NavalX, the U.S. Navy’s newest innovation office that launched in 2019, has continued efforts to innovate and transform the workforce. Director of the unit, Capt. Frank Futcher, has discussed recent initiatives within the department since NavalX was established.
Futcher will also serve as a panelist during Potomac Officers Club’s 2020 Navy Forum on September 30th. Futcher is a career Navy Supply Officer and currently assigned to the office of the Assistant Secretary of the Navy for Research, Development and Acquisition.
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“NavalX is quite a bit different from those other organizations,” Futcher said. “We’re not scouting technology… Our focus is much more on the workforce and how we can deliver mechanisms and tools to that workforce to make them more agile.”
NavalX has drawn upon similar techniques as innovation arms within the federal government, such as SOFWERX, AFWERX, and the Defense Innovation Unit. NavalX has united the military, industry and academia to work on challenges within the private sector and develop new solutions to modernize practices.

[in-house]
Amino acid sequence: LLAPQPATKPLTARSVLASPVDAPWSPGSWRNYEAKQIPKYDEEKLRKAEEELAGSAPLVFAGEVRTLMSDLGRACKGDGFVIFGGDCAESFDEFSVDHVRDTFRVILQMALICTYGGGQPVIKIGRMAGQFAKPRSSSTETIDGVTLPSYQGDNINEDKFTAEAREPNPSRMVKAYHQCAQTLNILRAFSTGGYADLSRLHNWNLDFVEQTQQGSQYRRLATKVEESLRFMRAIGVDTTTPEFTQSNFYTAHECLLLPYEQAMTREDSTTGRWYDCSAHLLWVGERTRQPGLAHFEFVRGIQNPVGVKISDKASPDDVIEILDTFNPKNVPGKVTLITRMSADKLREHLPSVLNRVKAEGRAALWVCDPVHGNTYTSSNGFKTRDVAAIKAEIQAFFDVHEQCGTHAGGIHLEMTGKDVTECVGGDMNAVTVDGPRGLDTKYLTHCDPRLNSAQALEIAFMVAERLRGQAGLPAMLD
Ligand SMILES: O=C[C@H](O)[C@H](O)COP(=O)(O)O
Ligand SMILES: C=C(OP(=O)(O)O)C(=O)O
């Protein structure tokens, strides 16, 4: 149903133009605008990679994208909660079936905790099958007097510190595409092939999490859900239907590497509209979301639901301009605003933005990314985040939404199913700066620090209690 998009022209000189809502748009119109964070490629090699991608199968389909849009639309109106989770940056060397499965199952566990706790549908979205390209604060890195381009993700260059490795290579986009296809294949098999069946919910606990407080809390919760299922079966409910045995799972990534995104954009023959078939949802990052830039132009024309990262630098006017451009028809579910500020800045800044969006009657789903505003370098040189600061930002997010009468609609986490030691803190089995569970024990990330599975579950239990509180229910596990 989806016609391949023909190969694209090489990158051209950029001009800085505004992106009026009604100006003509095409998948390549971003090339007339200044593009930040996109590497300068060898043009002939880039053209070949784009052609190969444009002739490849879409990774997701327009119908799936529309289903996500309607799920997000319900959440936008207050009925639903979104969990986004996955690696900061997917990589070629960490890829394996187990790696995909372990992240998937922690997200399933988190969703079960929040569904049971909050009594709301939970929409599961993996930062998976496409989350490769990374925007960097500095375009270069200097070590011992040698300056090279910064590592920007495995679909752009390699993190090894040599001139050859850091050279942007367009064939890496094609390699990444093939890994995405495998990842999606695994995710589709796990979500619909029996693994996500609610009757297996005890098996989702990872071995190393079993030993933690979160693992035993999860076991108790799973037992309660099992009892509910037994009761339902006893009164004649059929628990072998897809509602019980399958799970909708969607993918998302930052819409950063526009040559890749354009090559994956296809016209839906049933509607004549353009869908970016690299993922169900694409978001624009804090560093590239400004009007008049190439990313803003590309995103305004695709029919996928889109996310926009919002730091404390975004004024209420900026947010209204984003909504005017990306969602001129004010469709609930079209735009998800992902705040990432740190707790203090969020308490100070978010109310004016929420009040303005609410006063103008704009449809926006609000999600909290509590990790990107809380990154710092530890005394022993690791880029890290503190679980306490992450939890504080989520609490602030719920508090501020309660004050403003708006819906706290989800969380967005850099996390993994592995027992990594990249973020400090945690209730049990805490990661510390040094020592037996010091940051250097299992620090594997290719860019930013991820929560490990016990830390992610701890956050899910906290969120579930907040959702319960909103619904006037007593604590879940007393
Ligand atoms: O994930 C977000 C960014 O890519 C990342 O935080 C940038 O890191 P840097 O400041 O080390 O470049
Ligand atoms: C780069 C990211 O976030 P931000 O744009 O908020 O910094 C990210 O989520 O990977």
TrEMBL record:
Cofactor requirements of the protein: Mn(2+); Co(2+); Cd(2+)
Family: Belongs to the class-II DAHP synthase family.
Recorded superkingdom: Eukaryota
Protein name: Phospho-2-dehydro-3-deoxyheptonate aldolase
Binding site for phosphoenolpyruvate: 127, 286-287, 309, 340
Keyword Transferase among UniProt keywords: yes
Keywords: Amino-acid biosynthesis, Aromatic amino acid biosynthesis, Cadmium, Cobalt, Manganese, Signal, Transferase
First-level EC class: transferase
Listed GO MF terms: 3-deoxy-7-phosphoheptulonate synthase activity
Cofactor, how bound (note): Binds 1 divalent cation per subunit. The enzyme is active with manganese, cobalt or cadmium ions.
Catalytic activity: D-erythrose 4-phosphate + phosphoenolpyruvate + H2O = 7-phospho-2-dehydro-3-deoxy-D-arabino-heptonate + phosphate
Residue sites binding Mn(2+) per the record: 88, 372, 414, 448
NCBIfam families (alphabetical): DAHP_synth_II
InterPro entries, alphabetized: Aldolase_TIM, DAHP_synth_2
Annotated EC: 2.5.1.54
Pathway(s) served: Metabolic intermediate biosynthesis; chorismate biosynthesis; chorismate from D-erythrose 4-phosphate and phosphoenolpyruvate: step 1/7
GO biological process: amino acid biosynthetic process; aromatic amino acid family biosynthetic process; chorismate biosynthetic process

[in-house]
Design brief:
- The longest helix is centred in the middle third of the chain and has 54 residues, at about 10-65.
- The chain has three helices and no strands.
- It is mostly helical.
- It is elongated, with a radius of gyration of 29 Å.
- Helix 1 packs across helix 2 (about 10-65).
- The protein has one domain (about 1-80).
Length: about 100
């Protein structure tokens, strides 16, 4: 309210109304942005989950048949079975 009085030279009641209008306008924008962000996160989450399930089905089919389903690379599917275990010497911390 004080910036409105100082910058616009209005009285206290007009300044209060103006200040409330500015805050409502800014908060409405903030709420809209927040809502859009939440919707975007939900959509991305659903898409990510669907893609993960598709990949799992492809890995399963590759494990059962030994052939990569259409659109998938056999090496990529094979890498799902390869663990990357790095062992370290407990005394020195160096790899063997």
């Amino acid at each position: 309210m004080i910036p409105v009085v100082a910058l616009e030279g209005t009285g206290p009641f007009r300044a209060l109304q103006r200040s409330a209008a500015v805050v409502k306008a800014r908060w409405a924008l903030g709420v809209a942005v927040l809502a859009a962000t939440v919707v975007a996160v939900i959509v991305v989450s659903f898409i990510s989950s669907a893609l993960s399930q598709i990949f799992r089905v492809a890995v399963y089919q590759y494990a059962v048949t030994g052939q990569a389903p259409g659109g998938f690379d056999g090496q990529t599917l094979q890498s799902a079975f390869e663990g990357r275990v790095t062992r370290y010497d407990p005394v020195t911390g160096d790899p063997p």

“We live in an environment today that is very complex, filled with uncertainty,” he said. “There’s a lot of talk about change. Our goal is: How do we adapt to that change? NavalX is trying to essentially find a lot of tools and methods that allow our workforce to be more agile, move a little bit faster and adapt to those changes in the environment.”
The NavalX office has worked to find innovative solutions to the service’s workforce problems while simultaneously developing best practices that will help the Navy’s other divisions to advance solutions. NavalX has also created playbooks to push federal agility.
Recently, NavalX published the first chapter of a cloud migration playbook as well as wikis on agile scrum development, building analytics teams, using other transaction authorities for procurement and crowdsourcing.
“Navy has been innovative in many ways over time. But that innovation has tended to be siloed,” he said. “So, NavalX mission is to find those individuals—those siloes of innovation—capture what they’re doing, share them with the rest of the Navy and then, hopefully, that allows other parts of the Navy to learn and move faster.”